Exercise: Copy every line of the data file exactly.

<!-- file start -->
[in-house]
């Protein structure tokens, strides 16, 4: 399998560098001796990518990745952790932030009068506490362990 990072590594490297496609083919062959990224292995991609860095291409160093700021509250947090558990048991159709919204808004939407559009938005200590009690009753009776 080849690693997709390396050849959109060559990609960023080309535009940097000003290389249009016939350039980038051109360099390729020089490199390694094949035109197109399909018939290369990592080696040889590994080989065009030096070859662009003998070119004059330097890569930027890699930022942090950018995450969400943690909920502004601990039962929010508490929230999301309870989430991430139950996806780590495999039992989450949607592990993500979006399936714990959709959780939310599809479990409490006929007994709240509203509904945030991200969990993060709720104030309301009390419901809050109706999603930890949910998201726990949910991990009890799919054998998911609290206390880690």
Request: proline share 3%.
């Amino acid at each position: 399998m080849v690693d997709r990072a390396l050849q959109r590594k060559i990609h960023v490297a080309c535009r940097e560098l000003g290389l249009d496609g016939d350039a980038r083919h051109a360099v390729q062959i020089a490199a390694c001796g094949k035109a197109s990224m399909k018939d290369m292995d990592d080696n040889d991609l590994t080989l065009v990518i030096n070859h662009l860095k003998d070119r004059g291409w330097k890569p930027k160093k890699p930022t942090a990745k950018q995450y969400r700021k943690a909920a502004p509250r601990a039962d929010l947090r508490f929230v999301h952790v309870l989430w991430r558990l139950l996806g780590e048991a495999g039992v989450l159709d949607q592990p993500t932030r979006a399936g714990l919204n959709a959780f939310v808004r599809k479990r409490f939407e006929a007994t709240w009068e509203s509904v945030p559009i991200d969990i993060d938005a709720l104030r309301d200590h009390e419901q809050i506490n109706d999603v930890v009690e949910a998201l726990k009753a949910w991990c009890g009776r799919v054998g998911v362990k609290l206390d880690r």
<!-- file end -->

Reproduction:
[in-house]
């Protein structure tokens, strides 16, 4: 399998560098001796990518990745952790932030009068506490362990 990072590594490297496609083919062959990224292995991609860095291409160093700021509250947090558990048991159709919204808004939407559009938005200590009690009753009776 080849690693997709390396050849959109060559990609960023080309535009940097000003290389249009016939350039980038051109360099390729020089490199390694094949035109197109399909018939290369990592080696040889590994080989065009030096070859662009003998070119004059330097890569930027890699930022942090950018995450969400943690909920502004601990039962929010508490929230999301309870989430991430139950996806780590495999039992989450949607592990993500979006399936714990959709959780939310599809479990409490006929007994709240509203509904945030991200969990993060709720104030309301009390419901809050109706999603930890949910998201726990949910991990009890799919054998998911609290206390880690």
Request: proline share 3%.
């Amino acid at each position: 399998m080849v690693d997709r990072a390396l050849q959109r590594k060559i990609h960023v490297a080309c535009r940097e560098l000003g290389l249009d496609g016939d350039a980038r083919h051109a360099v390729q062959i020089a490199a390694c001796g094949k035109a197109s990224m399909k018939d290369m292995d990592d080696n040889d991609l590994t080989l065009v990518i030096n070859h662009l860095k003998d070119r004059g291409w330097k890569p930027k160093k890699p930022t942090a990745k950018q995450y969400r700021k943690a909920a502004p509250r601990a039962d929010l947090r508490f929230v999301h952790v309870l989430w991430r558990l139950l996806g780590e048991a495999g039992v989450l159709d949607q592990p993500t932030r979006a399936g714990l919204n959709a959780f939310v808004r599809k479990r409490f939407e006929a007994t709240w009068e509203s509904v945030p559009i991200d969990i993060d938005a709720l104030r309301d200590h009390e419901q809050i506490n109706d999603v930890v009690e949910a998201l726990k009753a949910w991990c009890g009776r799919v054998g998911v362990k609290l206390d880690r």